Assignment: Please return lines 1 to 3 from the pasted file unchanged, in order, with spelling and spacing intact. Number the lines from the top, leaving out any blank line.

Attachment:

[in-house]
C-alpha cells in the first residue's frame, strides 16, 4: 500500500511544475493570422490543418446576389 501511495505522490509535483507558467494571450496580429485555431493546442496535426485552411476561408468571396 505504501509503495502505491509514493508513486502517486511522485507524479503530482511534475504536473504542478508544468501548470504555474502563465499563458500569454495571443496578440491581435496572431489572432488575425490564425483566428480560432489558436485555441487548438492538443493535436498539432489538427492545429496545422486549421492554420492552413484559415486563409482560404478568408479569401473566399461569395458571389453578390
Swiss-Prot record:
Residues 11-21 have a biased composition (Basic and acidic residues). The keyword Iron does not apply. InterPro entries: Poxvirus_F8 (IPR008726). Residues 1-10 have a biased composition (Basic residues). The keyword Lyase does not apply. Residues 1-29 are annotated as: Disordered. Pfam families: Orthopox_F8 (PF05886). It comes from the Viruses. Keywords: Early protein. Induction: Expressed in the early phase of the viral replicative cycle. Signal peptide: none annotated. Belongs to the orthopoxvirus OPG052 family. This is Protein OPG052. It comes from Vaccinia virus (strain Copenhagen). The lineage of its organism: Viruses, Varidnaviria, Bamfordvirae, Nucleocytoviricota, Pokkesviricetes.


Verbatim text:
[in-house]
C-alpha cells in the first residue's frame, strides 16, 4: 500500500511544475493570422490543418446576389 501511495505522490509535483507558467494571450496580429485555431493546442496535426485552411476561408468571396 505504501509503495502505491509514493508513486502517486511522485507524479503530482511534475504536473504542478508544468501548470504555474502563465499563458500569454495571443496578440491581435496572431489572432488575425490564425483566428480560432489558436485555441487548438492538443493535436498539432489538427492545429496545422486549421492554420492552413484559415486563409482560404478568408479569401473566399461569395458571389453578390
Swiss-Prot record: